"It came to an abrupt end," says Daka, who had been expecting rites of passage and celebration. Instead, he landed in a pandemic. Worst of all, his grandmother, who was supposed to come to see him, graduate, passed away in their native Zambia. "It's been a really difficult transition," he says. "It's been one that I'm not going to lie has been filled with anxiety, uncertainty, and self-doubt."

Across the board, from entry-level jobs to paid internships, the prospects for new college graduates have plummeted during the pandemic. Despite everything, there has been a bright spot: his professional life. Dana landed a paid fellowship with the governor of Illinois after going through four rounds of remote interviews. "So I'm on the fortunate side. I know a lot of my classmates and other individuals around the nation are not."

Job postings for entry-level positions that are popular with new college graduates fell by 73%, compared with before COVID-19 hit, according to Julia Pollak, a labor economist with the job site ZipRecruiter.

Openings for internships are especially scarce. The internships popular among college students and new graduates are down 83%, Pollak says.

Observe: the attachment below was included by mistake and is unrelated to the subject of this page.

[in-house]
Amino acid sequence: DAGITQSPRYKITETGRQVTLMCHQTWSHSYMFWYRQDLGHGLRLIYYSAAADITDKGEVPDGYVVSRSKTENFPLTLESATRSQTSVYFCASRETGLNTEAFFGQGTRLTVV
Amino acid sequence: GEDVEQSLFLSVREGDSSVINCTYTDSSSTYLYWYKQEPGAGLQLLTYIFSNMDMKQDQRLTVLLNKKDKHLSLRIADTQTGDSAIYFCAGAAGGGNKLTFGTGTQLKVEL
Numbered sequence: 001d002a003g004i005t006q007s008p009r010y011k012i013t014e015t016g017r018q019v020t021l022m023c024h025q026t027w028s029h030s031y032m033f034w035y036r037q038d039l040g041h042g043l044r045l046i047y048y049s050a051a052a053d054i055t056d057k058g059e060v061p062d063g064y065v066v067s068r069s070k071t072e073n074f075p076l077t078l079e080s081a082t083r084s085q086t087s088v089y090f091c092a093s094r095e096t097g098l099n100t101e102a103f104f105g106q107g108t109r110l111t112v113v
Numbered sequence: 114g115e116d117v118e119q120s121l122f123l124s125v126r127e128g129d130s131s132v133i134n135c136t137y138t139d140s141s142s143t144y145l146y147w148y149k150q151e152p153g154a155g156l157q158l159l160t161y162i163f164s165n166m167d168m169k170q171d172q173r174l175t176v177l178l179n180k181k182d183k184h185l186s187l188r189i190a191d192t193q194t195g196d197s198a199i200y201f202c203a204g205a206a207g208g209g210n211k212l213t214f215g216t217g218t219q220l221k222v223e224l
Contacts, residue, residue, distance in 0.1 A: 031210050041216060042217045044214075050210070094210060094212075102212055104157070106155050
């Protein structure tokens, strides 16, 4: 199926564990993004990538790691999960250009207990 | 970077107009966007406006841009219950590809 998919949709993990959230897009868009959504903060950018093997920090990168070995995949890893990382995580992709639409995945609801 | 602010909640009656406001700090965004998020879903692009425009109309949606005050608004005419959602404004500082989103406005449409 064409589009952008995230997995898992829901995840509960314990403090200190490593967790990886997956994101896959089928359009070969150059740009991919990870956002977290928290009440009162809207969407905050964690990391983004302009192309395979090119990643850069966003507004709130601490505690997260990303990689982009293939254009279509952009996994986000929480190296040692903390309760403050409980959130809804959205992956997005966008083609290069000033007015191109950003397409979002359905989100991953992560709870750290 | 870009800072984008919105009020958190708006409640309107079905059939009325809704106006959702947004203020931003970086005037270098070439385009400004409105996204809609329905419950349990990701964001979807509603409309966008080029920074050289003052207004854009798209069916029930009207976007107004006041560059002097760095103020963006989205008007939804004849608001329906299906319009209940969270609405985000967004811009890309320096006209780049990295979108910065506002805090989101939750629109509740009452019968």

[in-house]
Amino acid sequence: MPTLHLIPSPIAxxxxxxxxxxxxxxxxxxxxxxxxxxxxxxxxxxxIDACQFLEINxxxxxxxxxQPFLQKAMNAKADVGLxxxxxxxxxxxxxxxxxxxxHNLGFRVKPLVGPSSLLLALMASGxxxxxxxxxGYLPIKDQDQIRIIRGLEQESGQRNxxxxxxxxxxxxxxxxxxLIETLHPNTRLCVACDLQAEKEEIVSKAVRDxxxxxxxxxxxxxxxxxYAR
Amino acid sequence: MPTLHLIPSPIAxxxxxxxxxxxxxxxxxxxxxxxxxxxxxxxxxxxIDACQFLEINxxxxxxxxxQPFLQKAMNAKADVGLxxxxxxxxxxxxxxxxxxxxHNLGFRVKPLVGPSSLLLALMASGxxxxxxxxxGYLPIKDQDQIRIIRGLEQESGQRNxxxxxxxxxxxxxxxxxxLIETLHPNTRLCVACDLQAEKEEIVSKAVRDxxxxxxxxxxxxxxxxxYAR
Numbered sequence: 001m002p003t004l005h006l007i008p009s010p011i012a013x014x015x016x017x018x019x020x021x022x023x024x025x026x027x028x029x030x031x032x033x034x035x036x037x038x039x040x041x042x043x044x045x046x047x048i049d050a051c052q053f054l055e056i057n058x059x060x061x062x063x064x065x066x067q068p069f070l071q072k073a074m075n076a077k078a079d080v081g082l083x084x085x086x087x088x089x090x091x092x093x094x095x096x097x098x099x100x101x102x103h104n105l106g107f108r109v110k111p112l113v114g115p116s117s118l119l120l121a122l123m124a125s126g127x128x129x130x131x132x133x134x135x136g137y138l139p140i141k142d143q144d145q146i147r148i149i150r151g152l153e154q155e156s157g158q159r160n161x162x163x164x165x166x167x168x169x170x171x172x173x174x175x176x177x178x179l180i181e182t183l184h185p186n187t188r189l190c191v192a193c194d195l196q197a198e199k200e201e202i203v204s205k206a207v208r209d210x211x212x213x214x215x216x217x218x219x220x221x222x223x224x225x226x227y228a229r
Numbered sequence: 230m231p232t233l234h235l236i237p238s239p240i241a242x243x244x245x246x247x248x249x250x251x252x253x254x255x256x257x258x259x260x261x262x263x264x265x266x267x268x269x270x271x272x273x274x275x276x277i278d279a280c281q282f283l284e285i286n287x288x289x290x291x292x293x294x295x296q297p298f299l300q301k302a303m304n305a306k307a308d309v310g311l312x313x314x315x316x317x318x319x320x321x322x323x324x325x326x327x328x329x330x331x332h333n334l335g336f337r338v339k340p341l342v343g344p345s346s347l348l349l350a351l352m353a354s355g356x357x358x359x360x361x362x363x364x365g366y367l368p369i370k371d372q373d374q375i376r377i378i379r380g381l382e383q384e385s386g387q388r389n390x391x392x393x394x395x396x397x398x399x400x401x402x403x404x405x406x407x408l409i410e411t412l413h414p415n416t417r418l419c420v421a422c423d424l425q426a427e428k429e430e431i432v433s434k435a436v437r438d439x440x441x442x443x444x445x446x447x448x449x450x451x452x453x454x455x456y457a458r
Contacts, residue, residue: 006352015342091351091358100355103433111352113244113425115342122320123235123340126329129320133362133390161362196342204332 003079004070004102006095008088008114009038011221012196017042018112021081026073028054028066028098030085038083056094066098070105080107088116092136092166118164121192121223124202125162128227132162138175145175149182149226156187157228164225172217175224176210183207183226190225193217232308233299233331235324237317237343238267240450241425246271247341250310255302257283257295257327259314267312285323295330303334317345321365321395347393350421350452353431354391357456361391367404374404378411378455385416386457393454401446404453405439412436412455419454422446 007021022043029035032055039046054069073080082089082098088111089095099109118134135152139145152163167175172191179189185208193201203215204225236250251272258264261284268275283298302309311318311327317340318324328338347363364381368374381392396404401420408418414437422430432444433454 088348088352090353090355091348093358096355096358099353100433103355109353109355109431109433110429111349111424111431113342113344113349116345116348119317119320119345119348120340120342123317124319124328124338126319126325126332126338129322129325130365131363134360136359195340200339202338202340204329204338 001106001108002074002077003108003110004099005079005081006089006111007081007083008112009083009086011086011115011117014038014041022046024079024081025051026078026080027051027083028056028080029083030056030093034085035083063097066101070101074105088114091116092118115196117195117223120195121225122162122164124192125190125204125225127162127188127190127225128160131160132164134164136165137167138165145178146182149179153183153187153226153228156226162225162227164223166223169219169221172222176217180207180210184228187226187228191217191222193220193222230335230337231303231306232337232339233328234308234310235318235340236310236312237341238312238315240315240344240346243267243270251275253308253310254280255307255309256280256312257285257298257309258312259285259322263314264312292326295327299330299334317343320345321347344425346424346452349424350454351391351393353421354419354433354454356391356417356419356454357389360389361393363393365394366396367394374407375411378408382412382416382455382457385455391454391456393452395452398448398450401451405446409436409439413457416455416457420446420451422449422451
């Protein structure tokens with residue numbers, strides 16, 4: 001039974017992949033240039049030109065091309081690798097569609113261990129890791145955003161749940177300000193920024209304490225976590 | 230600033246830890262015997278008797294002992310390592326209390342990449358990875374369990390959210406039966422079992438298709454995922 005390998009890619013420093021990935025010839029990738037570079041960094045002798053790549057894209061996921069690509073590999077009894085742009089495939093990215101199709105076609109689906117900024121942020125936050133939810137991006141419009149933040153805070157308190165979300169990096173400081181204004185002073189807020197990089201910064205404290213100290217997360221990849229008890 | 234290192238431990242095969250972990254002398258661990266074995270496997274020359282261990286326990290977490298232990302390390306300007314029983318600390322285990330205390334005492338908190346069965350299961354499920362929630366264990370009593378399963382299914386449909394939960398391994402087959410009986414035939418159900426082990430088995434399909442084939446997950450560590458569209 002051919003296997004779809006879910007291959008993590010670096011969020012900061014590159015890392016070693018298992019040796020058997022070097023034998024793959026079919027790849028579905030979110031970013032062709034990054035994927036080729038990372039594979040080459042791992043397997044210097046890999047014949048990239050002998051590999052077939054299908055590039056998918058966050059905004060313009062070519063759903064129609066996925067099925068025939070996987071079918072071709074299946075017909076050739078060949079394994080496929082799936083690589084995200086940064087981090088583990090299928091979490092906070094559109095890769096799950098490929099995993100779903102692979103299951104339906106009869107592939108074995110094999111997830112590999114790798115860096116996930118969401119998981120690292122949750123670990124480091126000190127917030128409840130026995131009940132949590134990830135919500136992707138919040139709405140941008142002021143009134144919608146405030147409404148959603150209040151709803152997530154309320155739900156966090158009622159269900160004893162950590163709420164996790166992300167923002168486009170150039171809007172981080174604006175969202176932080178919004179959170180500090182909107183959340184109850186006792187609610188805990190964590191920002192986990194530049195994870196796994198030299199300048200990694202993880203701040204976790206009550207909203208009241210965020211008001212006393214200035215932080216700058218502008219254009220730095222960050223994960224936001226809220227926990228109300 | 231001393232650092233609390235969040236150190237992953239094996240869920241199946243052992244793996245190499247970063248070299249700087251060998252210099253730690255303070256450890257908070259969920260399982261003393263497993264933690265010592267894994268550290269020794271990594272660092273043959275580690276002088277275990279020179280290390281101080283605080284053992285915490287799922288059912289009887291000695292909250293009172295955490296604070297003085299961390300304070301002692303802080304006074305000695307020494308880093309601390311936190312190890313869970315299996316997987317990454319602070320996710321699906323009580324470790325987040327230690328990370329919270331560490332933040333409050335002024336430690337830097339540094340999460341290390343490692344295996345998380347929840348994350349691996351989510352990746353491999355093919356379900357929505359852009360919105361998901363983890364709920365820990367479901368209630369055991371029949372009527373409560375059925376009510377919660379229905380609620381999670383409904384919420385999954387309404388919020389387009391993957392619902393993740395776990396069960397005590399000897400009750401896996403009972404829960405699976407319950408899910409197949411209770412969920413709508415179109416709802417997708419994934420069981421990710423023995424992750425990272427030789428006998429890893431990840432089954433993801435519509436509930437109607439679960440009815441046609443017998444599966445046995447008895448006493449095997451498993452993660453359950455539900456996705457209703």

Still, Pollak says, even among the wreckage in the job market it's not entirely hopeless: "Even in a crisis, there are companies hiring; 18 million postings since COVID struck ... 3 million people are being hired each month or roundabout."

But for those members of the class of 2020 who have landed jobs, it has often been a strange journey. The now-familiar Zoom and Skype interviews are just one dimension to the virtual experience. Some job candidates record themselves on video, answering questions, and send their responses to the prospective employer.

"So now you have no interaction with a person at all," says Pollak.

Danielle Kaplan, who graduated this spring from the University of Iowa, landed a job with a startup in Kansas City.

Jessica Suderski

The lack of face-to-face human interaction has been one constant for Danielle Kaplan during her job search. Kaplan graduated this spring from the University of Iowa. She stayed at her mom's place outside Chicago, crashing on a couch. It was fine, but with a lot of activity around the house, it was tricky for her to find a quiet place for job interviews.

"So I feel like my interviewer saw a different background every time I met with them. It's been very difficult," she says.

As it turns out, those ever-shifting backgrounds didn't matter.

Kaplan landed a job with a Kansas City startup and says, "I'm really excited about it."